If you do not plan, you will not be as successful as you could be. That is true in business and in your personal life. Planning is about looking at your options, about making decisions, and about being in control.
Planning is a formal process that requires a commitment of time, energy, and thought. You would think that everyone in business knows how to plan. Unfortunately, that is only partially true. Are there people who know how to do a business plan, or succession plan, or a strategic plan? The answer is yes. If they do not and the plan is critical to the company’s success, they will go to the marketplace and hire someone who does know how to complete the plan. This is not where I see a weakness in planning.
The weakness in planning is with the day-to-day activities of the people on the front-line, the people who manage other people. In this regard, company size does not matter. If you have less than 10 employees or more than 10,000 employees, the planning weakness can still exist.
Description of the Problem
The problem is with the undertakings that managers must accomplish that are not simple repetitive tasks. Undertakings like delegation, coaching, goal setting, and performance management. Although, management roles and responsibilities can vary from industry to industry they all have one thing in common. That is, the manager’s ability to plan an undertaking that has a high degree of risk that is not traditionally considered something you would spend your time planning for before you took action.
Where formal processes exist for things like strategic planning, formal processes may not exist for some of the things managers must accomplish on a daily basis. To reduce the risk of failure, managers may need to create their own planning process and then be willing to use the insight tool they created on an as needed basis.
Sally wants to delegate one of her current responsibilities to a subordinate. Currently, she spends five or six hours a week overseeing what is entered into the CRM by the sales team. Because of her workload, she is sometimes not as diligent as she would like to be. The risk associated with delegating this task is high because if the information is not up-to-date and accurate it will negatively affect the monthly sales forecast, and that would make her look bad in front of her boss. She decided to do some planning before she scheduled the meeting with her subordinate.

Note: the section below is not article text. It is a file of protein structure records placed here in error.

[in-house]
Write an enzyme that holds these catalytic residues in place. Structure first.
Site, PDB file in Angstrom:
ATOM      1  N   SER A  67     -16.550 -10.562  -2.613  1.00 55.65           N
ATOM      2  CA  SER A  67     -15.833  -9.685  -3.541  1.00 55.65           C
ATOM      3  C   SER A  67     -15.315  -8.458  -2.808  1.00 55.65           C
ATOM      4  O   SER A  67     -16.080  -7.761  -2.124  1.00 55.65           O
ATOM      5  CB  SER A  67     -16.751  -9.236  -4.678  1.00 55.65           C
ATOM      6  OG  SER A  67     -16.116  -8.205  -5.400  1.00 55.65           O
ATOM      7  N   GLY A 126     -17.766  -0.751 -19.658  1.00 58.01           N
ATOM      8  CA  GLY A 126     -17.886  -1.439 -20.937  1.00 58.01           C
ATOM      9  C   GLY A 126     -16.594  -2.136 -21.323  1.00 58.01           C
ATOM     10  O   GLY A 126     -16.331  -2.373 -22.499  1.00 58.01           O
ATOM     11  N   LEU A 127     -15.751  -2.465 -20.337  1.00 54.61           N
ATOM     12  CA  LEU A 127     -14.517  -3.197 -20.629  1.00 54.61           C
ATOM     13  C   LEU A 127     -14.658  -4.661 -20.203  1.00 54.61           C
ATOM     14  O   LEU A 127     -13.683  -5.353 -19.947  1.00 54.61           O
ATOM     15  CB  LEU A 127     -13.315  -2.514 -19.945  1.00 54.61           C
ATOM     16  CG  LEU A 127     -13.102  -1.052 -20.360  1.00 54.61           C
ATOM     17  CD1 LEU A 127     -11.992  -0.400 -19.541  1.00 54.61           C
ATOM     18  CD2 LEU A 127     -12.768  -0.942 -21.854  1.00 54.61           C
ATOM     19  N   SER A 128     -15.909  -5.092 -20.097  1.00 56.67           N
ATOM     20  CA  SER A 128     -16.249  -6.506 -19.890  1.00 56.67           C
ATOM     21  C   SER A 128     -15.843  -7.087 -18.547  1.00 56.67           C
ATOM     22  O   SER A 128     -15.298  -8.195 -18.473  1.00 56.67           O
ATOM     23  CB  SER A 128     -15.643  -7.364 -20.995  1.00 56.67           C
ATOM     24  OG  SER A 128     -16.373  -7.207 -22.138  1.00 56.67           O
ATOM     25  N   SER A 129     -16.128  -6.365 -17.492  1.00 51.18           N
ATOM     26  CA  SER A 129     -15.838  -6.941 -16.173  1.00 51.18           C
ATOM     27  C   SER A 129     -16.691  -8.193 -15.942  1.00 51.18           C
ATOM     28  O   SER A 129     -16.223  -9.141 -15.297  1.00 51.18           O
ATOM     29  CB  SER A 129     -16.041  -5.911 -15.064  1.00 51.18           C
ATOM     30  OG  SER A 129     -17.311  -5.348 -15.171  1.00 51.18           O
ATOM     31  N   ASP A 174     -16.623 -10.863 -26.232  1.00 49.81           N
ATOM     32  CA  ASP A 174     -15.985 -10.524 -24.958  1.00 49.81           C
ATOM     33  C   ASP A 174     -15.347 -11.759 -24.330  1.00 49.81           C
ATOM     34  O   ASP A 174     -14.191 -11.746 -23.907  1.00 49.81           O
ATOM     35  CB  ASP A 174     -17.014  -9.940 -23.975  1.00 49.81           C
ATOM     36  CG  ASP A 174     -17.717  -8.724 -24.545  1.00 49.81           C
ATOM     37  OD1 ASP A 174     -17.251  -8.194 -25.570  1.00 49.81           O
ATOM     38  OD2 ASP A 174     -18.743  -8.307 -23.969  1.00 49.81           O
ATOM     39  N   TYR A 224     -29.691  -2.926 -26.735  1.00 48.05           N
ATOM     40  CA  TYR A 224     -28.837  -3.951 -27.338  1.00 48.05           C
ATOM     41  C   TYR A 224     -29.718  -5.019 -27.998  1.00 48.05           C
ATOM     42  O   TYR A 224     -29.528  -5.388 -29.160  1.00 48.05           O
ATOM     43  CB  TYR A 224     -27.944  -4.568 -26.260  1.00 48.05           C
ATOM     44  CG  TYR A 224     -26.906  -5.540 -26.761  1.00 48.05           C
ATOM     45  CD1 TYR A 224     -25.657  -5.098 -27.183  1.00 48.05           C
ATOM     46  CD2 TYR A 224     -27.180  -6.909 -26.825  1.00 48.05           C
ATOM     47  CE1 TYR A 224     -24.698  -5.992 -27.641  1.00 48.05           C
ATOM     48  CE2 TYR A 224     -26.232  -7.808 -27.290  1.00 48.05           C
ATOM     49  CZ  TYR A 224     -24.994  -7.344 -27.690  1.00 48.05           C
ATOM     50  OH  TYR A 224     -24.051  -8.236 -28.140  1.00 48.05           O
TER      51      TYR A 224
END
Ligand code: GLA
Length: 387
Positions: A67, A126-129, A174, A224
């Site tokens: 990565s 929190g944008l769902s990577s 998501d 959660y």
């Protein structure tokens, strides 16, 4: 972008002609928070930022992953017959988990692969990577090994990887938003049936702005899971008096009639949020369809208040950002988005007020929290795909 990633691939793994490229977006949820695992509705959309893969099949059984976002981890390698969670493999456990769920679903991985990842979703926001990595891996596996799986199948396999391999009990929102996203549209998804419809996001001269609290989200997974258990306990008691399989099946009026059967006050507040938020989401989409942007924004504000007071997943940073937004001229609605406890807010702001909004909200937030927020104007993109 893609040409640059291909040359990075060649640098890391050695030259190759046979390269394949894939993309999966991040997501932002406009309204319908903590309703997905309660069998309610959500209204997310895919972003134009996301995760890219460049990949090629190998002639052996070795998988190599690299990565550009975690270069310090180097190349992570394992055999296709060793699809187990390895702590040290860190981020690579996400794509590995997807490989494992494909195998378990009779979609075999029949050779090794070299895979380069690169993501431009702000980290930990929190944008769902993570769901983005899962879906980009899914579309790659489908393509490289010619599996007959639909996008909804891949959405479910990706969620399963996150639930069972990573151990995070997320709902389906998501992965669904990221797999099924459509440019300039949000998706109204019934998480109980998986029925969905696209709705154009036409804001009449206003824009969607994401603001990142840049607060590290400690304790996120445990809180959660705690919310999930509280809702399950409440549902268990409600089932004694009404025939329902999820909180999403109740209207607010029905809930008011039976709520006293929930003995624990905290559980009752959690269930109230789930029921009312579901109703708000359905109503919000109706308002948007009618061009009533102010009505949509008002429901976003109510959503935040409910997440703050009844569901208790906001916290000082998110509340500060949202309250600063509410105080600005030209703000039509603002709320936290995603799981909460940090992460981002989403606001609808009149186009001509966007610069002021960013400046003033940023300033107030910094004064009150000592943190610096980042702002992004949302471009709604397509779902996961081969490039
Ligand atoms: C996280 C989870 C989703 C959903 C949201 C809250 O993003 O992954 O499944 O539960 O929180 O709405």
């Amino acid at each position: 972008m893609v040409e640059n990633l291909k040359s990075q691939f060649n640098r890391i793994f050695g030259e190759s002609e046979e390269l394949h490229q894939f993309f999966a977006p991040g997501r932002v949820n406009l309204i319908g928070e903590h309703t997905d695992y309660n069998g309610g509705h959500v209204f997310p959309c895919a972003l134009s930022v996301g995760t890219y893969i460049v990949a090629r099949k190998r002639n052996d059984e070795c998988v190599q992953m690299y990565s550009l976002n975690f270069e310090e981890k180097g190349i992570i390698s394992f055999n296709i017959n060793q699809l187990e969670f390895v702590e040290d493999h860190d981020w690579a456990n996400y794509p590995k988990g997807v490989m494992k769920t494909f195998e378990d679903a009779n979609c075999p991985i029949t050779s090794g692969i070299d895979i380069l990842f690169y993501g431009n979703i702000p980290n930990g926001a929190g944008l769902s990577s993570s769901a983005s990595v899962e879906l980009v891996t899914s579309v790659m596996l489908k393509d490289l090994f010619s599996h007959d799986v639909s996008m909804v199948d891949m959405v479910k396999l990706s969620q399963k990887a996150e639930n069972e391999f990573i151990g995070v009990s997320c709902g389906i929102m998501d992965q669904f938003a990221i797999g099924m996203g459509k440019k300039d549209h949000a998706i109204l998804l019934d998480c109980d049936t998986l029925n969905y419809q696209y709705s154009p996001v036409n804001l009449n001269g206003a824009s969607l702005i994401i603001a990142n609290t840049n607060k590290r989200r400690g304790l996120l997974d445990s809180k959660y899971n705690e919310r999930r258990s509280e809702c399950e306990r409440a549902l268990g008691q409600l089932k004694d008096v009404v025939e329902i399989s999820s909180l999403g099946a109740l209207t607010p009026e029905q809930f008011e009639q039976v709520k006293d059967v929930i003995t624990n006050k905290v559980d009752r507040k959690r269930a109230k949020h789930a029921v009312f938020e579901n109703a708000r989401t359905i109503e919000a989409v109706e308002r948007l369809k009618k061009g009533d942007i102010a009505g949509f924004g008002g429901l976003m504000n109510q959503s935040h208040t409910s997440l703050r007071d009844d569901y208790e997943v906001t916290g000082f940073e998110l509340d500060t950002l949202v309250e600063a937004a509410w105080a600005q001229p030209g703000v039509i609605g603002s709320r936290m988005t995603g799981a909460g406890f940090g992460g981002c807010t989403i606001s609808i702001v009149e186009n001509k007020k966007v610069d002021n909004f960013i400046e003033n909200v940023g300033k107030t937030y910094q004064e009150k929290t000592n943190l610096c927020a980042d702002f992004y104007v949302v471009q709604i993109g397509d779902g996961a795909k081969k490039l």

Sally recognized that planning means she has to schedule the time to sit down and go through the formal planning process. She decided to use the Delegation Planner, an insight tool that she designed just for that purpose. The tool is a one-page Word document that looks like a form. In a little less than forty minutes, she completed the Delegation Planner. Below is a description of the steps she completed.
- Describe the task you decided to delegate.
- Why do you want to delegate this task?
- Whom will you delegate this task to?
- What are the benefits to this person for taking on this new responsibility?
- What is the timeframe for completing this plan?
- Write the training program for teaching the individual to do the work.
- What is the target date for completing the training program?
- When will you hold a meeting with the individual to explain your intentions?
- When will you hold one or more supervision meetings after training?
- What is the target date to release the person from training and oversight?
Some of the tasks you must accomplish are not frequent and repetitive. You should evaluate those assignments for risk. If the risk is there, do not wing it. Schedule time to plan for what you must accomplish. The result will be well worth your time, energy, and thought.